Developer Jimmy Chapin wants to put his plan to build a new town center in Lookout Mountain, Ga., into high gear.
Speaking to a standing-room-only crowd at Thursday evening’s City Council meeting, Chapin outlined a tight timeline to build what he called a “world class” development.
Chapin and business partner Greg Voges want to pay the city $500,000 on Oct. 15 for City Hall and its land; knock the old, cement-block “eyesore” down shortly after the Nov. 6 presidential election; and have the city’s police and firefighters moved in to new buildings by Jan. 1, 2014.
“Hopefully, that’s all going to happen,” Chapin said, snapping his fingers for emphasis, “immediately.”
Chapin will lease the new, 1,500-square-foot City Hall and the 4,500-square-foot combination police and fire station to the city for $7,000 a month — or sell it at any time to the city for $1.5 million.
He assured city officials that wouldn’t be a burden, because he predicts that a grocery store, doctor’s office and other tenants would generate property taxes and $4 million in sales, which would produce $80,000 a year in income for the city.
“This is a home run for this city,” Chapin said.
Voges made it clear that the development would have room for Dr. Bill Moore Smith, who has the only physician’s practice on Lookout Mountain and has outgrown his leased space next to Fairyland Pharmacy.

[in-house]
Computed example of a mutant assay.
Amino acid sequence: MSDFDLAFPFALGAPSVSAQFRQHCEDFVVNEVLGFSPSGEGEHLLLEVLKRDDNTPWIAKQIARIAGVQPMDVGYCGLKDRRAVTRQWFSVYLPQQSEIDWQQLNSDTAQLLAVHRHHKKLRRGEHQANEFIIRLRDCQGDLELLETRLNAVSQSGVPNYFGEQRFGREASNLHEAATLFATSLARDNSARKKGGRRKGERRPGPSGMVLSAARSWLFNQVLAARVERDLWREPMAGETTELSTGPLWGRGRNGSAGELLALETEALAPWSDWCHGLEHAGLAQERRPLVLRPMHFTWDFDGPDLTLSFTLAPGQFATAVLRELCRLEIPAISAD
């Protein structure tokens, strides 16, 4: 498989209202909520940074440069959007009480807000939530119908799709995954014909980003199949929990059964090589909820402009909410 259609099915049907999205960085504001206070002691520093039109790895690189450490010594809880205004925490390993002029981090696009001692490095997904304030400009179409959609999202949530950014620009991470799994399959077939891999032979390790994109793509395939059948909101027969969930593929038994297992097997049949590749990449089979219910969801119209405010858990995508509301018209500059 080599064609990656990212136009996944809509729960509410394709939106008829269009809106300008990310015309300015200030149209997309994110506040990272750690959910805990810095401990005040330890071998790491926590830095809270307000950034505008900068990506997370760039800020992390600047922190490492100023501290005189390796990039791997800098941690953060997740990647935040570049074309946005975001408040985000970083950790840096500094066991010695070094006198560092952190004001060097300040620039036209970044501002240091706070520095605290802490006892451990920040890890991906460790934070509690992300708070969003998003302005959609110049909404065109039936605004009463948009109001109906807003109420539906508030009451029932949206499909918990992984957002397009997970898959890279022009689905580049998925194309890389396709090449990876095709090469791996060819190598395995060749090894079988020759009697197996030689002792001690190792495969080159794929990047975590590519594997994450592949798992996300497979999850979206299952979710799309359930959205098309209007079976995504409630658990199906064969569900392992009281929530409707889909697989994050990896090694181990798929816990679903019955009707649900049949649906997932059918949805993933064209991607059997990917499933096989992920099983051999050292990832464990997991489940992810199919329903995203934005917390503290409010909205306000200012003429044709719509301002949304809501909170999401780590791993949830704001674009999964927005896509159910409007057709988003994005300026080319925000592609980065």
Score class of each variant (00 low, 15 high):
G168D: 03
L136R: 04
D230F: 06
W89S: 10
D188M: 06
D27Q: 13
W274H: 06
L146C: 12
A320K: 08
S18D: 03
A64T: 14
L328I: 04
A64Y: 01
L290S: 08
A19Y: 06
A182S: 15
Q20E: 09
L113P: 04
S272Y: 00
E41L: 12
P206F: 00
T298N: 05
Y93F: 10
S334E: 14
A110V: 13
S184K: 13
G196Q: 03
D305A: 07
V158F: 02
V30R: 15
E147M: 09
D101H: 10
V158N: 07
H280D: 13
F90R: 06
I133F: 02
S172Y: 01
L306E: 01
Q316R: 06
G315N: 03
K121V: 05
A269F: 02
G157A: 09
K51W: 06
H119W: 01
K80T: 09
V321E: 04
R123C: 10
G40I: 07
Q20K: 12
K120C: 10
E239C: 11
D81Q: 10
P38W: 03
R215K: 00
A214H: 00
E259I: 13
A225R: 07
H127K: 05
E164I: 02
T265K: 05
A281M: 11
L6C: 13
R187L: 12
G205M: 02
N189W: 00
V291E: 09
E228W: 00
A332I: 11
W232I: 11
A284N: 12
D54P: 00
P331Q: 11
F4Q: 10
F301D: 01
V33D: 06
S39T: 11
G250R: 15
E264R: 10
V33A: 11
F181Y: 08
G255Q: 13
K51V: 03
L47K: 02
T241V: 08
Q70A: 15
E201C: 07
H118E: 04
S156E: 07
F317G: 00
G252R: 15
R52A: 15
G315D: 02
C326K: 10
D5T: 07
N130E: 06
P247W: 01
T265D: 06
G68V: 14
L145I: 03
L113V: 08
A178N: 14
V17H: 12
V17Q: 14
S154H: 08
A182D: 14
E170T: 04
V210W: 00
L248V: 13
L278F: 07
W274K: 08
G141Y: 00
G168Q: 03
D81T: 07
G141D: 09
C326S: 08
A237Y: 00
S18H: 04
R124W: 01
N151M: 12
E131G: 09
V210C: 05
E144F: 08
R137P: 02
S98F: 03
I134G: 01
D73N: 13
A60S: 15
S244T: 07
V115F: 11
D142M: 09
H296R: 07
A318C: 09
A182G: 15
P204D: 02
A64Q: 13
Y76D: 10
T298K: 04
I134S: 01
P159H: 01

“Is there room for a doctor’s office? Absolutely,” Voges said.
Chapin said the clock tower at the corner of a commercial building on Lula Lake Road was inspired by one at WaterColor, a beach resort and residential community near Destin, Fla., that’s won architectural awards.
“It also is signaling the entrance to the community,” Chapin said.
The amphitheater that would be built into the hill behind the city buildings, Chapin said, “is our pride and joy, this is the most important part of the site.”
He proposes to raise $300,000 in donations for the clock tower and amphitheater through sales of plaques with donors names on the pergolas, or shade structures. If donations fall short, Voges and Chapin said they’ll pay the difference.
“This community has so much community pride, it’s unbelievable,” Chapin said. “I guarantee I can raise $300,000.”
City Council will put Chapin’s proposal for a vote on its Oct. 4 meeting agenda.
Chapin’s brother, Garnet, has submitted a competing proposal but wasn’t at Thursday’s meeting.
Tim Omarzu covers education for the Times Free Press. Omarzu is a longtime journalist who has worked as a reporter and editor at daily and weekly newspapers in Michigan, Nevada and California.